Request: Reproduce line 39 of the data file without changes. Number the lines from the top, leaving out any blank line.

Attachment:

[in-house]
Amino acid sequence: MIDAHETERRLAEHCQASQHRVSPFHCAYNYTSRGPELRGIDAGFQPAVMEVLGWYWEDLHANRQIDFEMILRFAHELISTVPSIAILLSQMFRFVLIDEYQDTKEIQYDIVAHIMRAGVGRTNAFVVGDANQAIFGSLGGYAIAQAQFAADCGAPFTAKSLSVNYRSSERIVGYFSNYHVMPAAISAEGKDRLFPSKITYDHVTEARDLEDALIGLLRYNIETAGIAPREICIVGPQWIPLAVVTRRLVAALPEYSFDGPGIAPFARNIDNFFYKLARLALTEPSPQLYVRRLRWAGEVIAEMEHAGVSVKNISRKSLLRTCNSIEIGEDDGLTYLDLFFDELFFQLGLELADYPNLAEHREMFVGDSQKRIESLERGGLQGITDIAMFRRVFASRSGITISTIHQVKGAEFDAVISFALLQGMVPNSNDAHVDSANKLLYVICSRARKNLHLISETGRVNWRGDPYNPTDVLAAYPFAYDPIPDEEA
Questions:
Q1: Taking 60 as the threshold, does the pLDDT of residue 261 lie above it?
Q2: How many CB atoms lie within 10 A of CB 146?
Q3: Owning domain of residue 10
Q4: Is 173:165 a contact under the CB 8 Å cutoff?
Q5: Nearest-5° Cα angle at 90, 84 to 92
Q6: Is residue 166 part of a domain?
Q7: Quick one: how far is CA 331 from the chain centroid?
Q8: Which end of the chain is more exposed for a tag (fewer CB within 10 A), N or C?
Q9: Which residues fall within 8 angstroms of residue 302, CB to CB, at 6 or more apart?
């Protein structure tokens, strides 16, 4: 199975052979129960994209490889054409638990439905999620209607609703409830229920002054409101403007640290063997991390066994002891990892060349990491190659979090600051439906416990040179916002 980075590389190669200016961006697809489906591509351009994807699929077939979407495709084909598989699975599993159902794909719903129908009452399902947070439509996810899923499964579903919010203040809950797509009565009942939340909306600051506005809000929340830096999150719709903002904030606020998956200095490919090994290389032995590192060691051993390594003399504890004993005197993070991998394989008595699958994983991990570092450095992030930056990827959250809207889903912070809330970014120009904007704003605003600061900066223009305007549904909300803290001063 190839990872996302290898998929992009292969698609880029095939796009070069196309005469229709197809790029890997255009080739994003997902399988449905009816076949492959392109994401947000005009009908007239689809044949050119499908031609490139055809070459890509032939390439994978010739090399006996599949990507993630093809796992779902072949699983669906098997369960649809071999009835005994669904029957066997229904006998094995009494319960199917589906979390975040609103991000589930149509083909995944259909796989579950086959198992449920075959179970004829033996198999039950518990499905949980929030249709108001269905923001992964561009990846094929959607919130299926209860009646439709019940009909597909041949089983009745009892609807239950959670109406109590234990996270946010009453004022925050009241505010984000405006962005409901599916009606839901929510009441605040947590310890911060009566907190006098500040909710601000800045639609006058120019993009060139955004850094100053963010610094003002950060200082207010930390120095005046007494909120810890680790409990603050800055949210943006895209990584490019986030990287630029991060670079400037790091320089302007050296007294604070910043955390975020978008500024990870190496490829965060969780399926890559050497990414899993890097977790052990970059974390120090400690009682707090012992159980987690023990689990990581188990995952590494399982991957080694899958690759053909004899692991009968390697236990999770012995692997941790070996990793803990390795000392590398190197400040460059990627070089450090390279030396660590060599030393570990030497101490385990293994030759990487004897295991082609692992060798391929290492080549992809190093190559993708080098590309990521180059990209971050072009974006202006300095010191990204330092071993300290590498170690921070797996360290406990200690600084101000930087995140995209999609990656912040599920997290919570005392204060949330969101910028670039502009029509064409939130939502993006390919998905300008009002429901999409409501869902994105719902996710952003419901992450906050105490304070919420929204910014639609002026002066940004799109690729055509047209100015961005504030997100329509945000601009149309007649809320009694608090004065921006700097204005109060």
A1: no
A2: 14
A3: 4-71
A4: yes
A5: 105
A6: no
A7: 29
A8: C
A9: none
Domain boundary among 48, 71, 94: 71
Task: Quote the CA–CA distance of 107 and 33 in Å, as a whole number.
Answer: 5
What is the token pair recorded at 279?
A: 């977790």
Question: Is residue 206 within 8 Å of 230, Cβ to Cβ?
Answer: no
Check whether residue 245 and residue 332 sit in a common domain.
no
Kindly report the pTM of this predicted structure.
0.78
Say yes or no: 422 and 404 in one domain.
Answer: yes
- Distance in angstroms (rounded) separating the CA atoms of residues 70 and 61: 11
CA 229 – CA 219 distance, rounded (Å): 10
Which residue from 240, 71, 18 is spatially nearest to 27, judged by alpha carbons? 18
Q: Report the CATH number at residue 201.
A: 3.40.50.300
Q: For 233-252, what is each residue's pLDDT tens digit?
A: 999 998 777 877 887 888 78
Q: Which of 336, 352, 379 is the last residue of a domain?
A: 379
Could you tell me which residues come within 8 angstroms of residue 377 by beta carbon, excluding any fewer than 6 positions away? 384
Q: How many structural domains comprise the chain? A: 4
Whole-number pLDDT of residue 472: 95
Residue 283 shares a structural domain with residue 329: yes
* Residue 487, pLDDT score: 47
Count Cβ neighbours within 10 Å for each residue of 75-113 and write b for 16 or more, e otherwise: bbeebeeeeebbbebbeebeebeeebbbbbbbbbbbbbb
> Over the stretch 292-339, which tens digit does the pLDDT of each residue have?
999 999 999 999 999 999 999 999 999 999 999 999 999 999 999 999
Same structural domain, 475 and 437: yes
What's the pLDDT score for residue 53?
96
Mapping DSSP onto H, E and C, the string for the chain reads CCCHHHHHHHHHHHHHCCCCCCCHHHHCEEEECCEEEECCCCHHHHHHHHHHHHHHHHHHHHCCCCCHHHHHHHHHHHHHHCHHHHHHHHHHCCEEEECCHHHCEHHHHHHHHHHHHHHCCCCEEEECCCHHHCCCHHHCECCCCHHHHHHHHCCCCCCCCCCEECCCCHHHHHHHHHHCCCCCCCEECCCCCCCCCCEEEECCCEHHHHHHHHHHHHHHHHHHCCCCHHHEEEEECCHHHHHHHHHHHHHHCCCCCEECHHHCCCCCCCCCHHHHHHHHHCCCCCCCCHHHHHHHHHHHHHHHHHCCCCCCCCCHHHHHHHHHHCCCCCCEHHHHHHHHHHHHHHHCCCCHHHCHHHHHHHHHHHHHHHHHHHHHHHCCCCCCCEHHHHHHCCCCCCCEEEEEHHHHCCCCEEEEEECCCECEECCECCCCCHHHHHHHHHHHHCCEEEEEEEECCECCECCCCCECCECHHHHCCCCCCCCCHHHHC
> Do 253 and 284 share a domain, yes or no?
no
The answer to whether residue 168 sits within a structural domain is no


Q: Report the CATH number at residue 201.